Williamsport delays decision on allowing cell antenna on water tower

September 16, 2008|By HEATHER KEELS

WILLIAMSPORT -- At first glance, U.S. Cellular's proposal to the town of Williamsport sounds like a no-brainer, the town's attorney said.

The company would pay Williamsport $1,750 per month to attach cellular antennas to the town's existing water tower and avoid having to build a cellular tower in town.

But, if town officials are not careful, the agreement could make it hard to turn down similar requests from other cellular companies or, worse, land the town in the middle of an expensive legal battle as competitors attempt to move in, town attorney Edward Kuczynski said.

"It looks like it's a cash cow," Kuczynski said. "If they were the only cellular company in the world, it might be, but they're not. There's a great deal of competition for these sites. You have to look at it in the context of what could happen."


Upon Kuczynski's advice, the Williamsport Town Council decided last week to postpone a decision on U.S. Cellular's request until the company has made further revisions to its proposed lease for the site.

One of the biggest problems with the latest draft of the lease, received by the town July 1, is that it requires the town to ensure that other tenants' use of the tower will not interfere with the operations of U.S. Cellular, Kuczynski said.

"Essentially, this provision is U.S. Cellular's back-door way of making this Agreement exclusive rather than non-exclusive," Kuczynski wrote in a review of the lease he submitted to the Town Council.

Another factor to consider is the aesthetic implications, Kuczynski said. Washington County already has communications equipment attached to the tower, Kuczynski said. U.S. Cellular wants to attach up to 12 antennas to the tower and lease ground space for a 12 foot-by-20 foot equipment shelter near the base of the tower, according to the draft lease.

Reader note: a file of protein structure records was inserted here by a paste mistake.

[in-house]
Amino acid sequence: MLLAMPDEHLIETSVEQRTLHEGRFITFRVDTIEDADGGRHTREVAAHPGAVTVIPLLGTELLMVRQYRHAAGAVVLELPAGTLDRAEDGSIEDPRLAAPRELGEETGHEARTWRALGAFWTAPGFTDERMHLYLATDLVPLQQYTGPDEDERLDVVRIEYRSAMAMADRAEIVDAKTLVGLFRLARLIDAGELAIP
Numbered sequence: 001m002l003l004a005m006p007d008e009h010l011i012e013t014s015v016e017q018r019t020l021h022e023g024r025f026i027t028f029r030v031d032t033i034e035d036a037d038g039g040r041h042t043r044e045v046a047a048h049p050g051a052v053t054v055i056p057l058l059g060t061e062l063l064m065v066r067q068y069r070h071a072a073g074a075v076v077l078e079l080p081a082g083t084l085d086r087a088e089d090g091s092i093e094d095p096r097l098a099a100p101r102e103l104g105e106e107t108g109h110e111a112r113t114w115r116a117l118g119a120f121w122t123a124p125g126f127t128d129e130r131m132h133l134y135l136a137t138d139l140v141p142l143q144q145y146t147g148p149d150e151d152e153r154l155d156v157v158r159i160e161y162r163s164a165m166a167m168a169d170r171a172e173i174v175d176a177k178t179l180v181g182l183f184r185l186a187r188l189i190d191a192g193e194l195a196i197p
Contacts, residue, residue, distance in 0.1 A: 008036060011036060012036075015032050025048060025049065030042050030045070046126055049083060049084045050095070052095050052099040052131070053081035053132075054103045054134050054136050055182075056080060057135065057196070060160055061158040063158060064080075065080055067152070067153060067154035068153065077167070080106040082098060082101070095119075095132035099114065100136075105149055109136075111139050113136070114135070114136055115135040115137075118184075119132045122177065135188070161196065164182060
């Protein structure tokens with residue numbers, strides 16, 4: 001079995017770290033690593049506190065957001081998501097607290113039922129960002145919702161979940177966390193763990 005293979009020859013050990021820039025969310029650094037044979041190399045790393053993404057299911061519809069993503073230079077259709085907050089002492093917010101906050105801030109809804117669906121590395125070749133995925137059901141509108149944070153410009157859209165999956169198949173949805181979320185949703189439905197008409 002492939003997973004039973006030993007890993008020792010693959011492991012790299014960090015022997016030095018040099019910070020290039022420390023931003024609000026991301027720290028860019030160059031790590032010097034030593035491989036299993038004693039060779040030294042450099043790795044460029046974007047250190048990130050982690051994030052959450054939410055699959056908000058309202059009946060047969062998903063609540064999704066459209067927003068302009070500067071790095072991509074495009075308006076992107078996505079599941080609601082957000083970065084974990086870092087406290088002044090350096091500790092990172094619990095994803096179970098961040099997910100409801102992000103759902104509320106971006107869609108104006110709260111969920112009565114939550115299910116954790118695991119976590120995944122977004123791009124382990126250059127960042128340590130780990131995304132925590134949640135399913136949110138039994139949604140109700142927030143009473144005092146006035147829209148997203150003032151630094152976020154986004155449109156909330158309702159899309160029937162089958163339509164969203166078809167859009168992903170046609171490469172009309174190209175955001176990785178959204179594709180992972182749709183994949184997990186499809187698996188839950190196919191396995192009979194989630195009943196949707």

If other cellular companies seek similar agreements, the town will be faced with other buildings, tenants and affixations, and might eventually need to refuse further agreements to protect the integrity of the tower or the aesthetic appearance of the site, Kuczynski said.

"That refusal may result in litigation if a prospective user believes that the Town is arbitrarily showing favoritism to one company over another," he wrote.

Kuczynski identified several other problems in the draft lease, including some that must be addressed before he would recommend signing the agreement.

Michael Pacyna, U.S. Cellular's project manager for real estate and construction, said the company planned to revise its lease and resubmit it by the end of September.

Pacyna said the interference issue was open for discussion and that the requirement that the town prevent interference was not meant to exclude other companies from the tower. There are tanks in the Charles Town, W.Va., area that have three or four different carriers on them, Pacyna said.

"It's just not likely that you would run into an interference problem on a tank," he said.

Pacyna said he was confident the company and the town would eventually work out an agreement acceptable for both.

"I think with each successive review, everybody gets a little closer to getting that document done," he said.

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